Individuals With Seizure Disorders Can File for Social Security Disability

Over the years, Johnson & Gilbert, P.A., has represented many people before the Social Security Administration due to seizure disorders. Seizure disorders can present unique issues with regard to claims for disability. The frequency and severity of the seizures will be an important factor in the determination of disability entitlement.

Since seizures can affect all age groups, the age of the applicant may be less of a consideration. If seizures are severe and frequent, whether an applicant is 62 or 32, that individual would still be less likely to maintain substantial gainful activity.

However, medical evidence of seizure disorders can be difficult to document. Unless an individual went to the hospital or doctor immediately following a seizure, there would not be "medical" evidence of that episode. Also, seizures vary in severity. For example, a major seizure could last several minutes with effects lasting for hours or days. Others may not be as severe and will pass relatively quickly. Regardless, a seizure usually incapacitates the individual for a time, thereby making work difficult.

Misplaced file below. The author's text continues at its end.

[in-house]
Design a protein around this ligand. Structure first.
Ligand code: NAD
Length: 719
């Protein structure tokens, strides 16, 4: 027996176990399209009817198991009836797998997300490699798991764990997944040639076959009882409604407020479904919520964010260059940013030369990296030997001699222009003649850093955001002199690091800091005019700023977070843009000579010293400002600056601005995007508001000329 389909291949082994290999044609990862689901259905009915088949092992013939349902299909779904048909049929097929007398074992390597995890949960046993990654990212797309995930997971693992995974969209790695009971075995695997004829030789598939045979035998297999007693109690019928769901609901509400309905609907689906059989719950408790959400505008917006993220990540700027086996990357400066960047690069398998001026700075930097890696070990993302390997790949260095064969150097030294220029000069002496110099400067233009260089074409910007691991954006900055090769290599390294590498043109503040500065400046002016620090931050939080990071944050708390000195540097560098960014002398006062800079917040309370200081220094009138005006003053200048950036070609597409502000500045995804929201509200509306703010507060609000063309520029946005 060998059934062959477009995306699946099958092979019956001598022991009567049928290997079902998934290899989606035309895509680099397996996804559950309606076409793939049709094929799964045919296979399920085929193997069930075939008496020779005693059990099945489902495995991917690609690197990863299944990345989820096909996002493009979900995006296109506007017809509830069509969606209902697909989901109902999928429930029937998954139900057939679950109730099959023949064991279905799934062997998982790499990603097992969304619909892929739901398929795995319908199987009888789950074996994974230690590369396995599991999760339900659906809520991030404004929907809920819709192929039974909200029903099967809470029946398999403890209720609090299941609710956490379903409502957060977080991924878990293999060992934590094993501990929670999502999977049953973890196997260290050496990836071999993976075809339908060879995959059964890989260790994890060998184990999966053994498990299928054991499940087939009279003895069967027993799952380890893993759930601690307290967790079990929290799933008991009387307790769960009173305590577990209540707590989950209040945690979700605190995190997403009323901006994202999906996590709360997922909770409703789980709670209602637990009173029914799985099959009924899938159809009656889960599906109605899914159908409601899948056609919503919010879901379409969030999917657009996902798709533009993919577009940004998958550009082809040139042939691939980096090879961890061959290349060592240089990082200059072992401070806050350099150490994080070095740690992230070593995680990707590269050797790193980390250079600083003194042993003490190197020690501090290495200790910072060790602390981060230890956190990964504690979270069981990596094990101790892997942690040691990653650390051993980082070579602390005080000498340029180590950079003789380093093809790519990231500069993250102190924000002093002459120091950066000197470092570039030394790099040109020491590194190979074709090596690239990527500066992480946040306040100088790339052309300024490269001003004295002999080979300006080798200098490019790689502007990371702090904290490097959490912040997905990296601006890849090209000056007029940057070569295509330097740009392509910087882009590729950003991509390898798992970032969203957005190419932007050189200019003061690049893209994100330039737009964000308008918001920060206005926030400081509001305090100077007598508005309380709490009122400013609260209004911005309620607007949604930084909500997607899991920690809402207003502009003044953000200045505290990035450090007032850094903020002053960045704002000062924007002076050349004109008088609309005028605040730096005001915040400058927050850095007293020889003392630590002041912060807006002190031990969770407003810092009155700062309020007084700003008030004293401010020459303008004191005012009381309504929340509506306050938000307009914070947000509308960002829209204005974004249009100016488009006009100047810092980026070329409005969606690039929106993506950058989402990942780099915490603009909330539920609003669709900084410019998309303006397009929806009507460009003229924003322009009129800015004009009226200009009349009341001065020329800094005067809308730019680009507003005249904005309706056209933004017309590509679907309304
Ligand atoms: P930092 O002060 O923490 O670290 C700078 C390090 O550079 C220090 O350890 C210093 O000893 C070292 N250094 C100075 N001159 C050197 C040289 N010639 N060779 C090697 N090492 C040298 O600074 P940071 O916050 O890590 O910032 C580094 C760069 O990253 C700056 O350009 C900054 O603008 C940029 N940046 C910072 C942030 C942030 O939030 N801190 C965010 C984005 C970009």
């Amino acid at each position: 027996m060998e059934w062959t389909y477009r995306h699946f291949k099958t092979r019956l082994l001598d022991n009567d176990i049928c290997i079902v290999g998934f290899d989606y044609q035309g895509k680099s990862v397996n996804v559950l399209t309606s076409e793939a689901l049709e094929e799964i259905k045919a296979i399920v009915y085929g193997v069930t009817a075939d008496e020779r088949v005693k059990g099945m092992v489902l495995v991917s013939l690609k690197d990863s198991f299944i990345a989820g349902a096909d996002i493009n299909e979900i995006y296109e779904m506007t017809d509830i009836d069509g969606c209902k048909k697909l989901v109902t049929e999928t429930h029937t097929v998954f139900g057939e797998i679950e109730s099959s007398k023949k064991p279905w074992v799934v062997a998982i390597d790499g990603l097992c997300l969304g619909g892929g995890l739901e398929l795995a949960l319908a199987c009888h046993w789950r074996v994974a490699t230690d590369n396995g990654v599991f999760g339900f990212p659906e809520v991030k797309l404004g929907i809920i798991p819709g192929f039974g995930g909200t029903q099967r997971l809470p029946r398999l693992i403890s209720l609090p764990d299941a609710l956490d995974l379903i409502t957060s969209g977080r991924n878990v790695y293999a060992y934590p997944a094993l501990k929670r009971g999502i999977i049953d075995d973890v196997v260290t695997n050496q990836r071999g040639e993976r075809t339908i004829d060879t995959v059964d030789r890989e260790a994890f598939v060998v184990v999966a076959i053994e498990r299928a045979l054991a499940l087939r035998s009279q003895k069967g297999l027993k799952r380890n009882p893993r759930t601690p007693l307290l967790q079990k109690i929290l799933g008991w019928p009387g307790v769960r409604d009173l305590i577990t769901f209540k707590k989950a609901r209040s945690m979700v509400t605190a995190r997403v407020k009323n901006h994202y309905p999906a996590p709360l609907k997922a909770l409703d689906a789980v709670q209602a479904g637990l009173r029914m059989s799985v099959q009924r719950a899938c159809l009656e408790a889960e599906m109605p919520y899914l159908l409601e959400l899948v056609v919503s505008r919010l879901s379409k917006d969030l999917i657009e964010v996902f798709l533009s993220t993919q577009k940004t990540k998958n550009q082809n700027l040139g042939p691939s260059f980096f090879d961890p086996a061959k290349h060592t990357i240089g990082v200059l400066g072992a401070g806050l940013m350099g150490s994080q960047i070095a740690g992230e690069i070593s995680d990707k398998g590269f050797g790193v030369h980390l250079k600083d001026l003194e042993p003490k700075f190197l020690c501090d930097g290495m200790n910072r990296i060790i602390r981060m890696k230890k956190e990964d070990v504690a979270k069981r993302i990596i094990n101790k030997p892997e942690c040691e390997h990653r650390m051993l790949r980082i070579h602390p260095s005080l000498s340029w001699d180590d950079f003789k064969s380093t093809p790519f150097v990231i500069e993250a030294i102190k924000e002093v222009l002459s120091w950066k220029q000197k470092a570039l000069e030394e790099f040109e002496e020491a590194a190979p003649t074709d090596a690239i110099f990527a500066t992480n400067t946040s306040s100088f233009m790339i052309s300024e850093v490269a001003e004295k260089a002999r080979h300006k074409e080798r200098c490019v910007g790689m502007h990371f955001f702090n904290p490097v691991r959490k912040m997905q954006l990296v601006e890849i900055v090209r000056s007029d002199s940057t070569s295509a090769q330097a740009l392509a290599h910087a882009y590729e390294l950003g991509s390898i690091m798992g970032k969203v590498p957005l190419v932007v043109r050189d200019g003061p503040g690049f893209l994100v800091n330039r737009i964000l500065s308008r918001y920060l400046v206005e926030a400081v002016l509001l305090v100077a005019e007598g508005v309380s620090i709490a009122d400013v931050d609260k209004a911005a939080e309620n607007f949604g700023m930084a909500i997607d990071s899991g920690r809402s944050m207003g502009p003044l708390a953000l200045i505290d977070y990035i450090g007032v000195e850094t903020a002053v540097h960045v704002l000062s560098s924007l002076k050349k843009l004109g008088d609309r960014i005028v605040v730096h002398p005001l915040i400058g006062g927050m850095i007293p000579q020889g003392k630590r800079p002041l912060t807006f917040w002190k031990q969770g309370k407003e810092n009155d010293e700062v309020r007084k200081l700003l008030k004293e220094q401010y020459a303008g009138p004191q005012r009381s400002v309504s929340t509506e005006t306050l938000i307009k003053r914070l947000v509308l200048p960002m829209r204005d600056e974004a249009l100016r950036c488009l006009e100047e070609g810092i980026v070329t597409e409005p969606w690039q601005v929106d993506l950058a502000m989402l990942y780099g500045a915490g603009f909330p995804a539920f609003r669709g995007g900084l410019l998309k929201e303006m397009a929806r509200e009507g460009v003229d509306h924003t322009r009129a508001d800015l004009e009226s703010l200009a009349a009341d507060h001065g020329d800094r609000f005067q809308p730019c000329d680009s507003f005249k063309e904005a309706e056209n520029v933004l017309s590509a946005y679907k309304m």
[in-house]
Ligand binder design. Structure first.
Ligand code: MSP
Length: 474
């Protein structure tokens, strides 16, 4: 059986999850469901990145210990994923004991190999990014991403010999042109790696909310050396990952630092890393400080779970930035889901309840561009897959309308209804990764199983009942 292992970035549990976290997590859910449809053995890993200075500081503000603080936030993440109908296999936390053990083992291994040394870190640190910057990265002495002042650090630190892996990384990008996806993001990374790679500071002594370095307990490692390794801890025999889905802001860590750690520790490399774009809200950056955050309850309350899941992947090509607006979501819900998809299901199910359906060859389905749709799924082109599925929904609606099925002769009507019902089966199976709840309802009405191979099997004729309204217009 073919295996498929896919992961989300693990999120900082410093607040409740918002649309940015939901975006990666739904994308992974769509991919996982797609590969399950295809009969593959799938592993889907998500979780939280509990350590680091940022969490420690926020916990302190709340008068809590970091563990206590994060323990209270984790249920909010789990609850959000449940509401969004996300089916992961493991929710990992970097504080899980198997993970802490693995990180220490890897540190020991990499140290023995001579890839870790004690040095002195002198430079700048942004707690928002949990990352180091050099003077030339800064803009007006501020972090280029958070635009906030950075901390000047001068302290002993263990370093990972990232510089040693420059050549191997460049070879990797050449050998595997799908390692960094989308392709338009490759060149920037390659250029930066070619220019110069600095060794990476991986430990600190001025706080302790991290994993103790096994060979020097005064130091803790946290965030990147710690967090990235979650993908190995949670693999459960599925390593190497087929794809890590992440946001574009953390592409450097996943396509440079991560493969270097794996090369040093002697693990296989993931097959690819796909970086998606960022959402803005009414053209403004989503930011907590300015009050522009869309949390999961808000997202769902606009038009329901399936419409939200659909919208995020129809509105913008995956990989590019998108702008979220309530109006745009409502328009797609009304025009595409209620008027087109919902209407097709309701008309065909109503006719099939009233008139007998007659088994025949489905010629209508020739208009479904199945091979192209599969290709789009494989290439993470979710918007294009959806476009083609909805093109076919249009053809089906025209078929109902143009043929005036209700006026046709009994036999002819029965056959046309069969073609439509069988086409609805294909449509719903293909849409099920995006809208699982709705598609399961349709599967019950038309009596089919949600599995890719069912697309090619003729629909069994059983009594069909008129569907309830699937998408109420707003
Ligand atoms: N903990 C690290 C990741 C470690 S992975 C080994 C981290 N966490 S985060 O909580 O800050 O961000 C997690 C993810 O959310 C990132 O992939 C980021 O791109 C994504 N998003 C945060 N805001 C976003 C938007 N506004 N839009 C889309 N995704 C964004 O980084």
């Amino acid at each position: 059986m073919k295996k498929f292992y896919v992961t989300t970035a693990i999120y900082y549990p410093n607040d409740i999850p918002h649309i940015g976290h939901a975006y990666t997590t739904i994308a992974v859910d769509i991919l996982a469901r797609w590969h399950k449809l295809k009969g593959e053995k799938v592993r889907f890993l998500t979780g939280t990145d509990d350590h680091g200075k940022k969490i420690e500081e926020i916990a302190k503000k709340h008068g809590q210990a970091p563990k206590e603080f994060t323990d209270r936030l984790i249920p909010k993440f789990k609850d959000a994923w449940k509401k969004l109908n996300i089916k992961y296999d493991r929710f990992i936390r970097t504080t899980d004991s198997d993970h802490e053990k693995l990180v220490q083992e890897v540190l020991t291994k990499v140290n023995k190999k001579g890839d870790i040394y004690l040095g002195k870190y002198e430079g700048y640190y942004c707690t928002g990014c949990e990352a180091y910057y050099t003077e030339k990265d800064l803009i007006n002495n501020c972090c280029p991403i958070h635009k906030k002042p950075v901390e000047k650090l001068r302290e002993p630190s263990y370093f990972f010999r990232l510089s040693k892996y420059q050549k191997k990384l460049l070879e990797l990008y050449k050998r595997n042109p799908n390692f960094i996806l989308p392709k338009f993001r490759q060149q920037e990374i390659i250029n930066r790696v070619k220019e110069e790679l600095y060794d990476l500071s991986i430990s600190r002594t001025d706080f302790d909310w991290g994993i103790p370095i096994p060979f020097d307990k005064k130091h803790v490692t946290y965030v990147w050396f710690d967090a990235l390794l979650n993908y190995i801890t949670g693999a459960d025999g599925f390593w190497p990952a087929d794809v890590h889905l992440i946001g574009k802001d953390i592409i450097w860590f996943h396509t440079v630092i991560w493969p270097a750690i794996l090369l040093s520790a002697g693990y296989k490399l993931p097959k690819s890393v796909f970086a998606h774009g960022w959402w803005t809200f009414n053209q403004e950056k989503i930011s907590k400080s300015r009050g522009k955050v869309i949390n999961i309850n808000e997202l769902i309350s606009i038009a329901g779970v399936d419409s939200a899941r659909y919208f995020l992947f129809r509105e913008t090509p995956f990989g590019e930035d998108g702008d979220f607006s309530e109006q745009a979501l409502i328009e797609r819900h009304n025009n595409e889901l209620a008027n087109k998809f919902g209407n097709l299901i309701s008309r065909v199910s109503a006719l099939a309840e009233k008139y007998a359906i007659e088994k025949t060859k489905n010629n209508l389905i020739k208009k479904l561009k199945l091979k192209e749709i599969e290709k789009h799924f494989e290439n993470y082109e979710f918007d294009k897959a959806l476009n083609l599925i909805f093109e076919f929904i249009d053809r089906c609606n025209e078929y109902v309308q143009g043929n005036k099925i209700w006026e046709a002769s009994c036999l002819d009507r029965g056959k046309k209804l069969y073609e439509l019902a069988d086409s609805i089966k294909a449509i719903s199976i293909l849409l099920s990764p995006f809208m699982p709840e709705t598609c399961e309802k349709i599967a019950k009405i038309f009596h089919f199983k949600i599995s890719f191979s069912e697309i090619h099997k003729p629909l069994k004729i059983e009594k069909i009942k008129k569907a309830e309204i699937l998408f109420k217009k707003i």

If seizure activity is reported, Florida drivers may be required to surrender their drivers license until two years of seizure-free activity.  Surrender of a drivers license due to seizures is also a factor to be considered on whether an employee is capable of substantial gainful activity. If a license is surrendered, it's important to discuss with the doctor whether it is safe for a seizure patient to take public transportation, such as a bus or train.  If not, an individual's inability to travel to a job would be a significant barrier to employment.

If making a claim for Social Security disability based on seizure activity, there a few helpful hints that can assist in bringing a claim:

  1. As with any claim, seek medical treatment!
  2. Report all seizure activity to a doctor or hospital.
  3. It is very important to keep some type of diary or calender documenting seizures.  Unless you see a doctor following every seizure, it is the only way to document the frequency of seizure activity.
  4. Document how long it takes to recover from seizures.
  5. Ask family or friends who witness seizure activity what they observed and how long it lasted.

These tips can be very helpful in proving eligibility for Social Security disability benefits. Since seizures rarely occur in the presence of a doctor, it is important to keep records so that a doctor can make note of frequency and severity of seizure activity.

If you have questions regarding a claim for Social Security disability, please contact Johnson & Gilbert, P.A. for a free consultation by calling 1-800-556-8890.